• I had mapped out a plan for this day that would allow me to log up to eight different geocache types, as well as attend an event for a total of nine for the day. After stopping for bagels, we drove north and made our first stop at Patapsco Valley State Park. The first cache for the day was a virtual cache – a stone railroad bridge built in the 1830s and still in use today. I collected the needed info, took some photos, and then jumped back in the truck to head for the next stop.
  • We drove to Towson University where there is a webcam cache. Finding a place to park was difficult, despite the fact the school was closed for the holidays. Our problem was finding our way around campus due to construction that blocked some of the streets. We finally spotted an empty spot not too far from the webcam and I hopped out and made my way there. I was able to pull up the steaming video from the camera on my phone, and snapped a few screenshots.

    Once I got back to the truck, I directed Deban further north toward the Loch Raven area. We stopped at Cromwell Valley Park where we walked a short distance from parking to the site of an EarthCache. Here we found three large rock structures that were kilns once used to “cook” marble and produce lime. There were several questions that I needed to collect the answers for. I must have done a pretty good job studying the signs and the cache page. After I had sent in my answers that evening, I got a reply from the cache owner saying, “Great job! You are the first person to give 100% correct answers.” Since at least 30 geocachers had logged this EarthCache before me, I am amazed that no one else was 100%. If only I had done that well in school!

    The next cache on my agenda was a multi. It instructed hunters to go to the posted coordinates, and then use their compass to go 295 feet in a specific direction. I had used an online tool the night before to determine where that would be. This cache was in the woods between the road and the lake. What I couldn’t see from looking at the map was how steep the terrain was from the road up to the cache site. Since there was no parking nearby, Deban dropped me off on the side of the road nearest the cache. I looked at the hillside and decided to find a better way up. I walked back down the road until I found a trail, and then followed it to the top of the ridge line. I made my way toward the coordinates I had projected. This sent me down the steep hillside on the opposite side of the trail toward the lake. I searched several likely looking spots with no success. I finally reloaded the original coordinates and concentrated my search on an arch 295 feet from them. I finally found the container just feet from the trail. I texted Deban to let her know she could head back to pick me up, and found a trail leading down closer to where she had dropped me off.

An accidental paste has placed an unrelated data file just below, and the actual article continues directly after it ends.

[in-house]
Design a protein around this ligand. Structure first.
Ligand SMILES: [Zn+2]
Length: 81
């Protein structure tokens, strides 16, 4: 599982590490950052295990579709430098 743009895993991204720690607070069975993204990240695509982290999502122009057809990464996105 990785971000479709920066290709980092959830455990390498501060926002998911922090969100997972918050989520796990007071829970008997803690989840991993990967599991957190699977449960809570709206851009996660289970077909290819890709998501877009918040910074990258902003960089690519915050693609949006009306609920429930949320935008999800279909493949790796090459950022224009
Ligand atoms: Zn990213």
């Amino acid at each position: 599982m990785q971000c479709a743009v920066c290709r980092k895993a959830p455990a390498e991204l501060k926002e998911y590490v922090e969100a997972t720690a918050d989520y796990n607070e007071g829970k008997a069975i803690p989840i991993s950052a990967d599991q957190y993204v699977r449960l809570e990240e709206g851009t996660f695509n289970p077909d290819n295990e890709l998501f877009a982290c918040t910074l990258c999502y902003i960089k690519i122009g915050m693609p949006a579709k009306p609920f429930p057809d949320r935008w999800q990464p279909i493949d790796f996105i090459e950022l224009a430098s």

Next was a puzzle cache. It was one that needed to be solved ahead of time to learn the coordinates, and I had done that before leaving home. It was a simple process of watching and interacting with a game on the computer.

    She drove me to the posted parking coordinates for the cache, just a couple of miles away from the one I had just found. As I prepared to hike toward the cache I looked at the map and saw it would be about a mile each way. I found a spot on the map where it looked as if I could access the trail from a neighborhood, significantly shortening the hike. We drove there, and I could see that I was now just a little over .10 mile away. I jumped out and headed along a trail which was really just a mown strip of grass between houses marking the path of a buried gas line. I soon realized that it had taken me to the top of a very steep hill leading down to a creek below. On the other side of the creek, the trail continued up an even higher steep hill.

    I checked my map, thinking that if the cache was up THERE I was in big trouble. Thankfully, I could see on the map that it was next to a trail that ran along the creek. I carefully made my way down to the creek, crossed it, and started following the trail the few hundred feet toward the cache. In my way was a huge tree that had fallen across the trail. There was no room to crawl under, so I had to climb over it.